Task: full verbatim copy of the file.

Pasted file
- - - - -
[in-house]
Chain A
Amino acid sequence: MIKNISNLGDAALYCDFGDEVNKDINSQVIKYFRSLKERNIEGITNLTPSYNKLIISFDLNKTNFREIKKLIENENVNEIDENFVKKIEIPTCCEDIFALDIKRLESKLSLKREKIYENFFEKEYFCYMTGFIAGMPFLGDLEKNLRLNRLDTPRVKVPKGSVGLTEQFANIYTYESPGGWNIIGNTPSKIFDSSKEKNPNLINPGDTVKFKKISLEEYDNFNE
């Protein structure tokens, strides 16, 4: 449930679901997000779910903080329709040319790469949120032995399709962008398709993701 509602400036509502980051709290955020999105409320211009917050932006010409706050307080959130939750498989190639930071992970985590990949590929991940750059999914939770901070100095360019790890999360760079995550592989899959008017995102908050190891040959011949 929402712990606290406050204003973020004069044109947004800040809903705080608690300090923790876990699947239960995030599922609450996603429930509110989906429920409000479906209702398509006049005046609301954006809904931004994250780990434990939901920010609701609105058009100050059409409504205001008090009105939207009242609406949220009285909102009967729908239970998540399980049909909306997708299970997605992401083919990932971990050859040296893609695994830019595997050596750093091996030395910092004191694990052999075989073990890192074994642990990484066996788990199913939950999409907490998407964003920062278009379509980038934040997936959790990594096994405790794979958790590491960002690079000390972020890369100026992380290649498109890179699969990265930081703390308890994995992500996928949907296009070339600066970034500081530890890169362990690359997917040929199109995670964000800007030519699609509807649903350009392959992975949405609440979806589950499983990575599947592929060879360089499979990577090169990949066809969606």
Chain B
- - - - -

[in-house]
Chain A
Amino acid sequence: MIKNISNLGDAALYCDFGDEVNKDINSQVIKYFRSLKERNIEGITNLTPSYNKLIISFDLNKTNFREIKKLIENENVNEIDENFVKKIEIPTCCEDIFALDIKRLESKLSLKREKIYENFFEKEYFCYMTGFIAGMPFLGDLEKNLRLNRLDTPRVKVPKGSVGLTEQFANIYTYESPGGWNIIGNTPSKIFDSSKEKNPNLINPGDTVKFKKISLEEYDNFNE
């Protein structure tokens, strides 16, 4: 449930679901997000779910903080329709040319790469949120032995399709962008398709993701 509602400036509502980051709290955020999105409320211009917050932006010409706050307080959130939750498989190639930071992970985590990949590929991940750059999914939770901070100095360019790890999360760079995550592989899959008017995102908050190891040959011949 929402712990606290406050204003973020004069044109947004800040809903705080608690300090923790876990699947239960995030599922609450996603429930509110989906429920409000479906209702398509006049005046609301954006809904931004994250780990434990939901920010609701609105058009100050059409409504205001008090009105939207009242609406949220009285909102009967729908239970998540399980049909909306997708299970997605992401083919990932971990050859040296893609695994830019595997050596750093091996030395910092004191694990052999075989073990890192074994642990990484066996788990199913939950999409907490998407964003920062278009379509980038934040997936959790990594096994405790794979958790590491960002690079000390972020890369100026992380290649498109890179699969990265930081703390308890994995992500996928949907296009070339600066970034500081530890890169362990690359997917040929199109995670964000800007030519699609509807649903350009392959992975949405609440979806589950499983990575599947592929060879360089499979990577090169990949066809969606």
Chain B